AUT* age groups Between groups 1.672 3 .557 2.305 .081
Within groups 24.910 103 .242
Total 26.582 106
SEC * age groups Between groups .122 3 .041 .187 .905
Within groups 22.341 103 .217
Total 22.463 106
ENT * age groups Between groups .658 3 .219 .822 .485
Within groups 27.484 103 .267
Total 28.142 106
SER * age groups Between groups .075 3 .025 .114 .952
Within groups 22.714 103 .221
Total 22.789 106
CHA * age groups Between groups .398 3 .133 .407 .748
Within groups 33.532 103 .326
Total 33.930 106

Differences between means by age (source: authors)

Age groups MAC AUT SEC ENT SER CHA
18–25 years Mean 24.200 27.375 32.219 33.475 32.650 32.450
SD .51862 .46833 .47065 .52843 .50091 .57012
26–35 years Mean 25.368 26.632 32.500 32.105 33.263 31.474
SD .46213 .63614 .46398 .50979 .36031 .56898
36–45 years Mean 23.200 24.400 32.000 34.000 33.200 30.000
SD .50200 .26077 .48088 .37417 .36332 .56569
46–55 years Mean 19.333 20.667 34.167 36.667 33.333 32.667
SD .80829 .11547 .14434 .30551 .11547 .61101
Total Mean 24.224 26.916 32.313 33.346 32.804 32.168
SD .51785 .50078 .46034 .51526 .46367 .56577

3. Results analysis

The results show that the factorial structure that best fits the data was six factors. Functional/technical and lifestyle CAs were excluded. Although this factorial structure was different from Schein’s (1975), other studies support this divergence. For instance, Igbaria et al. (1991) identified a COI of 11 factors, Ituma and Simpson (2007) five factors, and Marshall and Bonner (2003) and Danziger et al. (2008) of nine factors. As mentioned, Ituma’s and Simpson (2007) study is one of the very first conducted on developing countries. They argued that the meanings attached to career and its trajectories will be context dependent; thus socio-cultural and economic conditions should be considered. In the Colombian context, the turnover rate was estimated in 37% for employees without tertiary education (75.9% of the sample) (López 2009). Furthermore, in the call center where this study was conducted the turnover rate before three months is 10%–12%, 2%–6% above the global average in share services industries (Deloitte 2015). These local labor market conditions seems not to encourage strengthening functional/technical or lifestyle CA’s, where being marketable could be a new and relevant CA identified in developing countries (Duque et al. 2017).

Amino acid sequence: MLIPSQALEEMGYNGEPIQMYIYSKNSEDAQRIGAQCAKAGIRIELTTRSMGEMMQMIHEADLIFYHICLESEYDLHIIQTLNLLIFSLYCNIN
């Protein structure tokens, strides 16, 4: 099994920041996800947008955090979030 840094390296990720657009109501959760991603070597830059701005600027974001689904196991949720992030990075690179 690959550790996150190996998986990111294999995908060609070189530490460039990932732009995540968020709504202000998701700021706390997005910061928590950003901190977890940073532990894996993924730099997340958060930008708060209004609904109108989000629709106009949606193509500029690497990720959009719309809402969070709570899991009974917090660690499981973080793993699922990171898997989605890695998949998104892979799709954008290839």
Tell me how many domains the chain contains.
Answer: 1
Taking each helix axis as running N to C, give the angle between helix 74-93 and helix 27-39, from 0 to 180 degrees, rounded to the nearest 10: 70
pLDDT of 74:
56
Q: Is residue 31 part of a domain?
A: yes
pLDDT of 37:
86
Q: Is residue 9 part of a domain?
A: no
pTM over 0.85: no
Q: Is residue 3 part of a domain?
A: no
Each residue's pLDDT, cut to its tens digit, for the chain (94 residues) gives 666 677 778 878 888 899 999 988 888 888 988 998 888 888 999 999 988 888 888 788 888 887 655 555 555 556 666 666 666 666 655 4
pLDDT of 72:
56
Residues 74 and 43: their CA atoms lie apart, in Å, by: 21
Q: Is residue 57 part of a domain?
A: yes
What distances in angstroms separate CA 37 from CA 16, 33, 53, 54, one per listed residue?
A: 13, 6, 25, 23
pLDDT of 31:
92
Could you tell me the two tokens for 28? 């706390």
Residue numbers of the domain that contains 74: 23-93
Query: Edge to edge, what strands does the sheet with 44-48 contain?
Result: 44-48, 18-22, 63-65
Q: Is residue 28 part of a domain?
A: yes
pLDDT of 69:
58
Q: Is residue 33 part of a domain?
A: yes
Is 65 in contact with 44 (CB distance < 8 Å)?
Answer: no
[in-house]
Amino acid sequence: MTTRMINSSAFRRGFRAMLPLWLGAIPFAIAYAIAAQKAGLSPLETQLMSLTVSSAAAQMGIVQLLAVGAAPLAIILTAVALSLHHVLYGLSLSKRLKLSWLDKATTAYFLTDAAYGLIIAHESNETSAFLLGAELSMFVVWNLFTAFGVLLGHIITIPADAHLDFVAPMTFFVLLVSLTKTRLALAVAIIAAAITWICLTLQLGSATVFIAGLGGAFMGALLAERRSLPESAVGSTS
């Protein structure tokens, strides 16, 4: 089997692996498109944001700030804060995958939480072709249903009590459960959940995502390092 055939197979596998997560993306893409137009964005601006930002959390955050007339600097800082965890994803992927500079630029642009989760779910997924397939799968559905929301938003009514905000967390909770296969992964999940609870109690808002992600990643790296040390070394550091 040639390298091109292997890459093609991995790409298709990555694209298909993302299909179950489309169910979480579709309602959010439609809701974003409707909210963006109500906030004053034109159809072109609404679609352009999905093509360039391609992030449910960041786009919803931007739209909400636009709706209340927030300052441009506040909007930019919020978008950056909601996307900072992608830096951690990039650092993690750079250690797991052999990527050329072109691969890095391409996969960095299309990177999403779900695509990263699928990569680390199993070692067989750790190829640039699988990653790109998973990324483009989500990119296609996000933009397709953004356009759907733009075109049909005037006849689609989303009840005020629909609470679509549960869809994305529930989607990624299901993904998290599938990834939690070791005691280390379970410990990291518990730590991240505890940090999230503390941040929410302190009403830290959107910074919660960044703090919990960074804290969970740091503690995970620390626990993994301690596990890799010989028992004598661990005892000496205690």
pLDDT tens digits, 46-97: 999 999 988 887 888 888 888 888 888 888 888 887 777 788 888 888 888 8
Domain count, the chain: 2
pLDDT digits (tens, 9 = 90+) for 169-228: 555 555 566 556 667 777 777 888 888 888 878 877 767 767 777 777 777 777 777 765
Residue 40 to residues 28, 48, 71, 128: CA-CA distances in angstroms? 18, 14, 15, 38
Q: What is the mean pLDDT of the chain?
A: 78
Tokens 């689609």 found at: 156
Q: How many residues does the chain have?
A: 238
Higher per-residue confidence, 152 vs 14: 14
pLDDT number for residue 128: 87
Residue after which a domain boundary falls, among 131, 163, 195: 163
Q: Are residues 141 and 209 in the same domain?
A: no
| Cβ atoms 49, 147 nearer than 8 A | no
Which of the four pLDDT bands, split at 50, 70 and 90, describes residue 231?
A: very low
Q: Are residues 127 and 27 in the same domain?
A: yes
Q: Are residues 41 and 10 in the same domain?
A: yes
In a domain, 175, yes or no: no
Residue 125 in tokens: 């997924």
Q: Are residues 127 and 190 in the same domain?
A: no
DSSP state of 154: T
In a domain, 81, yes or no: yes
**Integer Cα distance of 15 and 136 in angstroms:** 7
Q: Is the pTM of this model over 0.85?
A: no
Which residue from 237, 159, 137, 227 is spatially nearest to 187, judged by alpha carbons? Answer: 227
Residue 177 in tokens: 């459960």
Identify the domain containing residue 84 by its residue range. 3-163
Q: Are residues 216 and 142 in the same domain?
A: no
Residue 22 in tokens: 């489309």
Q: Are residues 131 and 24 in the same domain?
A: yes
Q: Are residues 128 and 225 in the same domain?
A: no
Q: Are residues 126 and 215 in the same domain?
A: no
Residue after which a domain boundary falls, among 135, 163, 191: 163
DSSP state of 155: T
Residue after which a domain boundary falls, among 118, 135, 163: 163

Mihail (2008) argued that personal and work characteristics have no effect on career orientation. Additionally, Danziger and Valency (2006) claimed that lifestyle was the dominant CA in women. Our results do not maintain consistency with these findings for the overall model. There are significant differences in security/stability and managerial competence CAs regarding gender and educational attainment, and women scored higher than men in security/stability CA. A socio-economic factor associated with this could be the struggle of women in the Colombian labor market. The unemployment rate of women in Colombia is above the Latin-America average (International Labour Organization [ILO] 2016) and they are 47% more likely to be unemployed due to productive configurations in cities and educational attainment required to pursuit a professional job (Duque et al. 2017) which put under pressure to women to have a preference for security/stability CA.

Conclusions

Identifying the employees CA’s of any given organization, has the potential effect of increasing job commitment as one of the most powerful intangible assets for increasing performance and productivity. The COI proposed by Schein is one of the most cited and discussed methods intended to identify individuals’ career orientations. Through a quantitative appraisal, the COI applied in the Colombian context demonstrated several differences compared with those previously established in the literature regarding the following: (1) the number of factors (i.e., six CAs compared with the eight originally proposed by Schein); (2) variances in security/stability and managerial competence CAs concerning gender and educational attainment; and (3) lifestyle is not the dominating CA in women. This study presents two main limitations: (1) although previous literature supports the sample size, it is always desirable to study a wide range and heterogeneous sample in terms of geographic location, culture, socio-economic status, education attainment, and economic sector (public, private and NGO); and (2) the results are based on questionnaires fulfilled once, they are not based on longitudinal evidence. Further research should consider: (1) wide sample heterogeneity, not only among industries but also geographical and socio-economic contexts; (2) estimate the direct effect/impact of the labor market on the individuals CA’s; (3) use of quantitative methods to increase their limited existence; (4) longitudinal studies including subjects tracking and monitoring; and (5) data available as digital open access resources to contribute to replicability and transparency.